Some small and mid-sized endowments and foundations are questioning the value of an “Endowment Model” portfolio that includes uncorrelated alternatives instead of a blind 60/40 portfolio of stocks and bonds allocation.  The model has been criticized for being too complex and staff heavy to manage. However, a new study from institutional consulting firm NEPC shows the majority have not forgotten the lessons of 2008.

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While a traditional correlation to stocks that ignores hedging during potential periods of economic uncertainty, a strategy that has worked well only after 2008, might not work well in the future, the report says.

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Endowment Model: 60/40 portfolio has produced outsized returns

“While the 60/40 portfolio has produced outsized returns over recent periods, NEPC does not believe it is positioned for outperformance going forward,” the report reads, then it touches on a controversial topic. Traditional portfolios fully balanced towards equities “represents a risky portfolio in many regards.”

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While alternatives have always been viewed as the higher risk, as stimulus is unwound and a growing muscular presence from Russia, China and troubles erupting in the Middle East might not bode well.

Endowment Model: Striking the right balance

While NEPC says that the entire Endowment Model, with all its complexity, might not be perfect for their needs, it advises to include uncorrelated assets in their approach to a varying degree.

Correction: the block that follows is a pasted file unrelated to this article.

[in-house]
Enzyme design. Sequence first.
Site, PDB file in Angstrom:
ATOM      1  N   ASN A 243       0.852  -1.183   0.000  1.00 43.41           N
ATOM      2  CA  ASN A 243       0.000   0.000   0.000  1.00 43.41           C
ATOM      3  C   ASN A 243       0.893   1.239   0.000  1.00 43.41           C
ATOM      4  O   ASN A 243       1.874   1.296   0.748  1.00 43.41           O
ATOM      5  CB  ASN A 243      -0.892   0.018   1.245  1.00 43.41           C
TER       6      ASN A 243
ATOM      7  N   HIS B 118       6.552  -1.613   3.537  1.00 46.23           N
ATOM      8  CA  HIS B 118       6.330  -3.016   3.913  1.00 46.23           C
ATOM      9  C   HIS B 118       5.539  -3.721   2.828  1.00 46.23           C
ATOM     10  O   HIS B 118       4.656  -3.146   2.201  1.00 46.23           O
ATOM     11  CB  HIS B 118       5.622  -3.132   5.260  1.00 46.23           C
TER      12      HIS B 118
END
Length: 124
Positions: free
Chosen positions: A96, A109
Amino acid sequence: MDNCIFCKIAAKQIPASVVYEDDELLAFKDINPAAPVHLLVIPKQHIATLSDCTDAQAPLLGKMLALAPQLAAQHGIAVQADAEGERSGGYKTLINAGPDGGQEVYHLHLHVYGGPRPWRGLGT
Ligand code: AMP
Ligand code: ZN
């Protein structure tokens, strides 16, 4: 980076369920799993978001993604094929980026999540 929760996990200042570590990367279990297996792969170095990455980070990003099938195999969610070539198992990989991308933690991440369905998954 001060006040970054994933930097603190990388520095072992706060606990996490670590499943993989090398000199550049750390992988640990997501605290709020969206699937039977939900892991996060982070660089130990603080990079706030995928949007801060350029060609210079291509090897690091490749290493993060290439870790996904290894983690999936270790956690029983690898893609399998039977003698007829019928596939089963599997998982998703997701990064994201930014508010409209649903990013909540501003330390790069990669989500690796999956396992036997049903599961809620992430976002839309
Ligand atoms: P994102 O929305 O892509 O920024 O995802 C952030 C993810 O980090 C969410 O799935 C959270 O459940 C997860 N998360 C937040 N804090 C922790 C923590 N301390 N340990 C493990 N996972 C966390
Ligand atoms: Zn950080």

“We suggest that small and mid-sized Endowments seek solutions that fall somewhere on the continuum between the simple portfolio and the complex one,” the report concluded. The problem with many smaller foundations and endowments is they can’t afford to staff alternative asset professionals to initially diagnose risk / reward of volatility investments – and have little desire to manage such investments on a going forward basis – particularly when stocks have been performing so well.

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The investment consultants recommend “a modest allocation to illiquid assets, an operable number of investment managers, a blend of active and passive strategies and a long-term perspective.” Passive models might include a simulation of a hedge fund index or broad based exposure rather than trying to pick and choose investments the traditionally equity-focused managers don’t entirely understand.

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The Endowment Model, while unnecessarily complex in many regards, forces endowments to embrace risk budgeting. “When we look at the portfolio from a risk budgeting perspective, we are trying to gain perspective on how the portfolio’s overall risk is distributed,” the report said.

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It is this distributed risk – particularly during periods when all investments correlate to one – that the alternative investments matter most.